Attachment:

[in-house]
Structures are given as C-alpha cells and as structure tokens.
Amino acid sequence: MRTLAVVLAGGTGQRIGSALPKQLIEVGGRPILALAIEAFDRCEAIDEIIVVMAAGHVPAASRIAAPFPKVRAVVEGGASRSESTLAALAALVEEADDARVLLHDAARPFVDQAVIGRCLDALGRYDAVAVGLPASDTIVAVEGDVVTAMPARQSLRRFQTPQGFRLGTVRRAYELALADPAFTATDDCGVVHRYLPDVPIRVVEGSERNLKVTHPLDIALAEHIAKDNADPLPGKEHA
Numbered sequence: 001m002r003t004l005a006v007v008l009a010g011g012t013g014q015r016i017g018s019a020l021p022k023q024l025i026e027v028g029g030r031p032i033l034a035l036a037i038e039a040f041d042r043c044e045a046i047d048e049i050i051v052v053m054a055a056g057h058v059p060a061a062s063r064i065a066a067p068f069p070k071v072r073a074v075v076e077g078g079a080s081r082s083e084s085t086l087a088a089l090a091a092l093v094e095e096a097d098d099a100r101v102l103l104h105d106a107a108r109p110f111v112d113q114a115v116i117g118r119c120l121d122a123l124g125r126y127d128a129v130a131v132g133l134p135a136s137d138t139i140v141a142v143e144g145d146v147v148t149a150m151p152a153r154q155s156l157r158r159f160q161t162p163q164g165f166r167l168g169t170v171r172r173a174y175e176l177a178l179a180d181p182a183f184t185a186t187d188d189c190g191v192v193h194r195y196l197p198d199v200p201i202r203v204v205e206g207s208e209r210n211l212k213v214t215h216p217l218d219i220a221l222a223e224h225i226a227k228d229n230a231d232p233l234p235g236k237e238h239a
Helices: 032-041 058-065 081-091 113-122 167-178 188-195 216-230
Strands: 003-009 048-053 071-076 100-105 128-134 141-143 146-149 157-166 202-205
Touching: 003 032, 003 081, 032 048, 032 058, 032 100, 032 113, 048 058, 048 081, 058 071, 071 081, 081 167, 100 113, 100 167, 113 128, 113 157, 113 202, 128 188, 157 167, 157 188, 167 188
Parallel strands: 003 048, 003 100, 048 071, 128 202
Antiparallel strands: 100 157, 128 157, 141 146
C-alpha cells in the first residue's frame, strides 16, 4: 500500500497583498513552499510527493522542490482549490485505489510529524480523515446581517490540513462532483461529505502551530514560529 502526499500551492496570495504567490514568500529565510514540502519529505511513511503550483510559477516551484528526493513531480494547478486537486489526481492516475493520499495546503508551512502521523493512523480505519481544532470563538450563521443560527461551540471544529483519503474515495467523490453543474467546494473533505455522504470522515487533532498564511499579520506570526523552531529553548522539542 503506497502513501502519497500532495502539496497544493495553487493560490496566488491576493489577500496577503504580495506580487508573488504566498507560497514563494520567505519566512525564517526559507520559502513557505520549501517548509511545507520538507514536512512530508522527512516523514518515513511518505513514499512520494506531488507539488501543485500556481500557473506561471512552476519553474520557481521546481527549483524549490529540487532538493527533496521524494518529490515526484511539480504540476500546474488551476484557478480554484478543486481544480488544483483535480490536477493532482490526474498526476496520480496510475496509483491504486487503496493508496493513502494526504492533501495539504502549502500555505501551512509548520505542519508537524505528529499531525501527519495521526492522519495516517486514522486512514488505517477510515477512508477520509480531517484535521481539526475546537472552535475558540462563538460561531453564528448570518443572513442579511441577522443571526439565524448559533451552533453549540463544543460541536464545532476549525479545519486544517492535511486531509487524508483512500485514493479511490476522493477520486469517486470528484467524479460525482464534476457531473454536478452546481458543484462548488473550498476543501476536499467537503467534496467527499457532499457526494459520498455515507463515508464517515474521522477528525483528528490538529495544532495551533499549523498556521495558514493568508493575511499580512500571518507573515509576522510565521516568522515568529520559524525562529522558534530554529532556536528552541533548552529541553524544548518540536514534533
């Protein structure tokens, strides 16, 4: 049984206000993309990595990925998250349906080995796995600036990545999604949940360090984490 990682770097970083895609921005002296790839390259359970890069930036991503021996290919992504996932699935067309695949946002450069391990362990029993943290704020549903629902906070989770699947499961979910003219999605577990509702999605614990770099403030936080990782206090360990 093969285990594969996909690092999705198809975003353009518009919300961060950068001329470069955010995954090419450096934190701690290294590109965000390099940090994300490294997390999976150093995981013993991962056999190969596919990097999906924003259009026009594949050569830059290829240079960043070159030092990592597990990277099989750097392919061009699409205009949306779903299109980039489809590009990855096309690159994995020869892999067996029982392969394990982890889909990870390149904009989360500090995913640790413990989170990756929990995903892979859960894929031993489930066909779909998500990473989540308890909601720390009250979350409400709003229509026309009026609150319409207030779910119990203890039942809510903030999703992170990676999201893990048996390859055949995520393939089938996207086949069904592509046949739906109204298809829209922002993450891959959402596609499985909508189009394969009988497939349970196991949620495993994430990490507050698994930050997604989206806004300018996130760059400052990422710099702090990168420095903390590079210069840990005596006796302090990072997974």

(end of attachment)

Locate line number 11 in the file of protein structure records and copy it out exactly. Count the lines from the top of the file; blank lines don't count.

């Protein structure tokens, strides 16, 4: 049984206000993309990595990925998250349906080995796995600036990545999604949940360090984490 990682770097970083895609921005002296790839390259359970890069930036991503021996290919992504996932699935067309695949946002450069391990362990029993943290704020549903629902906070989770699947499961979910003219999605577990509702999605614990770099403030936080990782206090360990 093969285990594969996909690092999705198809975003353009518009919300961060950068001329470069955010995954090419450096934190701690290294590109965000390099940090994300490294997390999976150093995981013993991962056999190969596919990097999906924003259009026009594949050569830059290829240079960043070159030092990592597990990277099989750097392919061009699409205009949306779903299109980039489809590009990855096309690159994995020869892999067996029982392969394990982890889909990870390149904009989360500090995913640790413990989170990756929990995903892979859960894929031993489930066909779909998500990473989540308890909601720390009250979350409400709003229509026309009026609150319409207030779910119990203890039942809510903030999703992170990676999201893990048996390859055949995520393939089938996207086949069904592509046949739906109204298809829209922002993450891959959402596609499985909508189009394969009988497939349970196991949620495993994430990490507050698994930050997604989206806004300018996130760059400052990422710099702090990168420095903390590079210069840990005596006796302090990072997974």